How Mobile Phones Eliminated Corruption: The Jhang Model

Thursday, February 17, 2010

By Edward Kutsoati

The neat thing about the Jhang (Zubiar Bhatti) model is that (1) it works and it is cheap; (2) it involves a proactive government – instead of waiting for evidence of corruption, the government is out there seeking the evidence; and (3) the results are immediate.

A “silent revolution” on corruption, as Aremeyaw Anas calls it, may now be underway in Ghana, following his recent revelations of corrupt practices at Ghana’s main ship port at Tema. About a dozen officials of Customs, Excise and Preventive Service (CEPS) will lose their jobs, and face the law. Several more will be reassigned away from Tema ship port. These are encouraging steps, but pretty far from what will be needed to stem corrupt practices everywhere in Ghana so the country can create a better, business-friendly economy.

The good thing is that, the “Anas tapes” has rekindled the debate on corruption (including its causes and costs) and there have been loads of suggestions on how to nip it in the bud. Most are not new, and all point to a committed leadership. Others (e.g., the think-tank IMANI) advocate a reduction in taxes and duties at the shipping ports so individuals and businesses will have less incentive to substitute bribery for their tax obligations. I like this idea; supported by the Laffer curve (named after Art Laffer) which demonstrates that, beyond a certain tax rate, government tax revenues actually falls with higher taxes, both due to the disincentive to work (at a higher tax rate) and tax avoidance. The idea is applied in Switzerland, where tax rates are low and there is almost 100 percent compliance rate. However, alone, lower taxes will not eliminate corruption in Ghana, at least not in the short to medium term.

If Ghana’s leaders really want to reduce, and hopefully eliminate corruption, it will help to learn from success stories elsewhere. The ‘Jhang’ model is particularly instructive: it is simple, cheap and transparent – the basic requirements for a sustainable anti-corruption strategy. More importantly, the main actors in this model are the people, those who stand to benefit the most from a corruption-free society, with help from their mobile phones. The strategy, a brainchild of Mr. Zubair Bhatti, involves an audit (phone calls) to ascertain customer feedback, and whether or not they were made to pay a bribe for a service.

Jhang District in the province of Punjab, Pakistan, has a population of 3.5 million, and was ranked amongst the most corrupt in Pakistan, in particular its Land Transactions and Registration office in the city of Jhang, the capital. Take a moment to think of the land registrar in Accra, and how a piece of property can be sold to multiple buyers at the same time. Or think of what it takes to obtain a driver’s license at the Driver and Vehicle Licensing Authority (DVLA).  A similar story ran in Jhang. Just about every visit to the Lands Department (e.g., to register a piece of land; buy/sell a piece of land; or transfer that land to a child) required a huge bribe.

Then Mr. Bhatti became a District Coordination Officer (DCO), and was given oversight of the Lands Department in Jhang city. He designed a system where staff at the Lands Office took down every client’s phone number, promising that he would personally call them at the end of each day to find out if they paid more than the due taxes, or were forced to “grease some palms,” or whether they had been unsatisfied with the service. (In actuality, Mr. Bhatti only called about 5 percent of the clients, selected randomly). A typical phone call to a client includes the following questions: “How much did you pay as tax today?”; “Were you asked to pay a bribe?” “Did you complete your transactions today?” or “Were you satisfied with the service offered to you today?” – a set of basic customer feedback questions. Each call lasts only a few minutes and likely to costs less than 50 Ghana pesewas of air-time. (Mr. Bhatti discussed the strategy at TEDx-Lahore: ; with subtiles)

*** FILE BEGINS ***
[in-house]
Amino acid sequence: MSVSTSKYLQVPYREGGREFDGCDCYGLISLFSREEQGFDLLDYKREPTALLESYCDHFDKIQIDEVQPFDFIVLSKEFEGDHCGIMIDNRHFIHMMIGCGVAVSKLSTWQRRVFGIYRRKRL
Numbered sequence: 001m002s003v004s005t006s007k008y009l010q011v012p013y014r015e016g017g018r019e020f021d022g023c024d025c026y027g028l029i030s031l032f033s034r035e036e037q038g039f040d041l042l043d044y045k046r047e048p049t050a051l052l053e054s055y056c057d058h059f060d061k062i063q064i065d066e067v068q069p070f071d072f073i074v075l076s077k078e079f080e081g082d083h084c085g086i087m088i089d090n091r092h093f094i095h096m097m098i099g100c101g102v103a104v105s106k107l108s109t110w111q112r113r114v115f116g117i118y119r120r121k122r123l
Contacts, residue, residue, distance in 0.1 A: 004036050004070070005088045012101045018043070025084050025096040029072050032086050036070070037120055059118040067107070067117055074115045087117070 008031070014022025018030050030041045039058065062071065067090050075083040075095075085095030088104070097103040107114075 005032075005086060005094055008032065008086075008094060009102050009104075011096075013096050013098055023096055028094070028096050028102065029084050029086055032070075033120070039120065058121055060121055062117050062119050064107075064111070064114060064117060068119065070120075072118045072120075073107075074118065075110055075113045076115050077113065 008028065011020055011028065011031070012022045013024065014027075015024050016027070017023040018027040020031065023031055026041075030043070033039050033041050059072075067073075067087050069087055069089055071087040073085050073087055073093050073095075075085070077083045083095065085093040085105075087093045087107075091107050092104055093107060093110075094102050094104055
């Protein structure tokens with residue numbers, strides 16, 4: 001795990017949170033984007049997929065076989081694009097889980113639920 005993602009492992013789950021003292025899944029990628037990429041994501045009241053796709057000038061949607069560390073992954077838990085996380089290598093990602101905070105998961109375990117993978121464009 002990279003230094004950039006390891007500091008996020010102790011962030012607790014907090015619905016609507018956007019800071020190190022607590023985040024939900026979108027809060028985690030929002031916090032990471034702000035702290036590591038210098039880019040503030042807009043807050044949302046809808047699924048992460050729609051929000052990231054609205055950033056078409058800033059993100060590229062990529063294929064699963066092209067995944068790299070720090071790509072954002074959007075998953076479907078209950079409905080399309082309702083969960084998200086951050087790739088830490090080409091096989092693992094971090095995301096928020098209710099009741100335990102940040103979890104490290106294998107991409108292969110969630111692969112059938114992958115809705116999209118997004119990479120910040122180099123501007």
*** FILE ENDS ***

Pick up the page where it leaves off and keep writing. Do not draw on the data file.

When Mr. Bhatt brought the first charges against a staff member who had asked for a bribe, the others realized that he was serious. A couple more “pink slips” followed and something miraculous happened. Clients reported of a sudden improvement in services; no bribe was asked or taken; clients were welcomed with smiles, to their surprise. Corruption had almost disappeared in days. Even the World Bank became a fan, and last month the bank decided to fund an expansion of the ‘Jhang’ model across the entire province of Punjab.

The neat thing about the Jhang (Zubiar Bhatti) model is that (1) it works and it is cheap; (2) it involves a proactive government – instead of waiting for evidence of corruption, the government is out there seeking the evidence; and (3) the results are immediate.

To be sure, the strategy of phone-call audits will only be effective in checking low-to-middle level corruption (e.g., Tema ports, vehicle registration at the DVLA, or applying for a passport). But it is conceivable that if low-level corruption is successfully eliminated (through this strategy or equivalent), employees will have the courage and moral authority to expose the high level crimes within the same organization. Secondly, it is possible that both the supply-side (e.g., the diasporan eager to clear goods from Tema port or the driver license applicant) and the demand-side (the government official) of corruption will collude on bribes to render a phone audit ineffective. That will be sad though. But then, a government would have done its part. The rest will depend on us, the people, and on how badly we want to rid Ghana of this cancer, so we and our children can live better lives.

 Edward Kutsoati  a  Lecturer at Department of Economics, Tufts University and an associate of IMANI and